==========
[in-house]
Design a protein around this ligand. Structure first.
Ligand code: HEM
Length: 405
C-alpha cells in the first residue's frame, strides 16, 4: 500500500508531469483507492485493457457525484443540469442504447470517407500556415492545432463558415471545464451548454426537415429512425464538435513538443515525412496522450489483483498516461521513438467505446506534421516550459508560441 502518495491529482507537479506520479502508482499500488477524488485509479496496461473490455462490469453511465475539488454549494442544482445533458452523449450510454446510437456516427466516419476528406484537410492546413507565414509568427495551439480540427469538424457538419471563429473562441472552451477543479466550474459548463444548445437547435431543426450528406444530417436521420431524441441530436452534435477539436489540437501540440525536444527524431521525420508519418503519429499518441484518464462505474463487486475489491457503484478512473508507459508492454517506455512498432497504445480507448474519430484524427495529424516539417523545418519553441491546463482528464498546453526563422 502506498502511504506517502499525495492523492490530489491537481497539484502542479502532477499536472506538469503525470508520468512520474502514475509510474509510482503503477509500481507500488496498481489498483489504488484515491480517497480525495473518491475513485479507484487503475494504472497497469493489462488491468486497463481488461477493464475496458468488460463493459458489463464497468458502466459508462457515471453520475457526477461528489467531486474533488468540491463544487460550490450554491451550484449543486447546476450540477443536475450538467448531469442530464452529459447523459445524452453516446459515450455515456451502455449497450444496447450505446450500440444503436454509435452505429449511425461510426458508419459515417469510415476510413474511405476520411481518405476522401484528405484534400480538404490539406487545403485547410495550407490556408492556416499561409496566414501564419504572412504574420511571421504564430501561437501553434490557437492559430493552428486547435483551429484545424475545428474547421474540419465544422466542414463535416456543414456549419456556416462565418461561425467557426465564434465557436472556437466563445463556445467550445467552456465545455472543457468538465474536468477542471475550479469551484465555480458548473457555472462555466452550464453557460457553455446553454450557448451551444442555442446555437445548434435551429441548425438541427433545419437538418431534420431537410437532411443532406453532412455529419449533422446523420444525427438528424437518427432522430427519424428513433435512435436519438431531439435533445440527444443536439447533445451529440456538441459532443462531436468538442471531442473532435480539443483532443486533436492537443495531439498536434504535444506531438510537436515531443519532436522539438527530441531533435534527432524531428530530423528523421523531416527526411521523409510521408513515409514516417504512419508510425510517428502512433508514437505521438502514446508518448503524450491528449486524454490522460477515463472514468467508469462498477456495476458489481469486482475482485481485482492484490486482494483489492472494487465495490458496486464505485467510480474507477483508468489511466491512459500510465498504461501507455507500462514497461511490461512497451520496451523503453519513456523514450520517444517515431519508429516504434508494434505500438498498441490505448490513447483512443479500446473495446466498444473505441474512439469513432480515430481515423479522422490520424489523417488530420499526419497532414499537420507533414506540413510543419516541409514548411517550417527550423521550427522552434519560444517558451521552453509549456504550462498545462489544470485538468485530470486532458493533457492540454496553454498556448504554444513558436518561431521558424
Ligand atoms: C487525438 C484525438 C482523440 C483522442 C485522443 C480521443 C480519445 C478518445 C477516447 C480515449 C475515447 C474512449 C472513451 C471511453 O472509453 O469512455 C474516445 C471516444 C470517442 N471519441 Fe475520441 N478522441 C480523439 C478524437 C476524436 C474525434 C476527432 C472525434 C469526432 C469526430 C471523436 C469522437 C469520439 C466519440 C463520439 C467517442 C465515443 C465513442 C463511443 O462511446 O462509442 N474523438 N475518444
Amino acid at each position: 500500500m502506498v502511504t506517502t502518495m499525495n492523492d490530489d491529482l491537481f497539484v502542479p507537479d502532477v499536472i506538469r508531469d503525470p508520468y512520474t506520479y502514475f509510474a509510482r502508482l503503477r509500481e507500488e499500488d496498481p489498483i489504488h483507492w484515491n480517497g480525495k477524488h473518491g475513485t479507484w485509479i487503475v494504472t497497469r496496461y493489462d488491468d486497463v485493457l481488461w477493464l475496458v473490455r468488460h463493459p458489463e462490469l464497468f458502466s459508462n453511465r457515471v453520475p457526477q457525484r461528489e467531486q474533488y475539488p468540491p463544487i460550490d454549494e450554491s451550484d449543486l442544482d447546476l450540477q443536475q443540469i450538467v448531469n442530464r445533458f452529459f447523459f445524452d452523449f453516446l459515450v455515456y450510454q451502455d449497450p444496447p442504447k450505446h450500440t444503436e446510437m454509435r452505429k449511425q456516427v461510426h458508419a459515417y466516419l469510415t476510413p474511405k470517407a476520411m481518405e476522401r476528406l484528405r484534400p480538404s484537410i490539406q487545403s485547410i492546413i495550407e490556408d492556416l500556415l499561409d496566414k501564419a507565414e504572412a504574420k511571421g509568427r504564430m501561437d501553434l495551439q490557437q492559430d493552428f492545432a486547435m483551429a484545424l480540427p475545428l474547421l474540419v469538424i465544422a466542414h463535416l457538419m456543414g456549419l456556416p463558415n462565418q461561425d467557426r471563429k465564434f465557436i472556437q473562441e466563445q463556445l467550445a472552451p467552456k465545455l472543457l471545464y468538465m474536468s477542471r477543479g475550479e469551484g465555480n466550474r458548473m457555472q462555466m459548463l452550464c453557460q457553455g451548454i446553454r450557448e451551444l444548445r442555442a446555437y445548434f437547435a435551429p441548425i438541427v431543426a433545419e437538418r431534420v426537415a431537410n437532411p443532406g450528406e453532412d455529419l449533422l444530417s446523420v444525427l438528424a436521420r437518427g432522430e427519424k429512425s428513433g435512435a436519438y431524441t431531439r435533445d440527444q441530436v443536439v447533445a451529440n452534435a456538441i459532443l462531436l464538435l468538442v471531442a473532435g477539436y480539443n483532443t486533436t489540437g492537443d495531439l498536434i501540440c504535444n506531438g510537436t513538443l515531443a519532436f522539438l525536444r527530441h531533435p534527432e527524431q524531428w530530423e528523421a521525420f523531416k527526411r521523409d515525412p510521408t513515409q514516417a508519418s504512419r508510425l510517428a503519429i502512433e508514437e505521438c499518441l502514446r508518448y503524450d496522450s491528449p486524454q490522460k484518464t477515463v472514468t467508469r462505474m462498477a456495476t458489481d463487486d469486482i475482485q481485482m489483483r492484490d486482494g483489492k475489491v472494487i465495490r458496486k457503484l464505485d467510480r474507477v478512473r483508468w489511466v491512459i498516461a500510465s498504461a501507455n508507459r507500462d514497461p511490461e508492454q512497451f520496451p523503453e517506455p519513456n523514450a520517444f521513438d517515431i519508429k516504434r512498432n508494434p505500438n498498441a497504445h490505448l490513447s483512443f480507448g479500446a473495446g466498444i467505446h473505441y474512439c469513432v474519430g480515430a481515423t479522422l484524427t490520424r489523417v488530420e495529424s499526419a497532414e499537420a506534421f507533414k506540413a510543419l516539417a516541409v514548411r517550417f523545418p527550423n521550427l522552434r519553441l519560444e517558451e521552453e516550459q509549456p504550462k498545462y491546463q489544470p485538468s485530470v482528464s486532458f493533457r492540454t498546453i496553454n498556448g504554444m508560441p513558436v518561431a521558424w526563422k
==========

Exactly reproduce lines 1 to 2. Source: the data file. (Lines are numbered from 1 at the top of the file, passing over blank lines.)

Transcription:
[in-house]
Design a protein around this ligand. Structure first.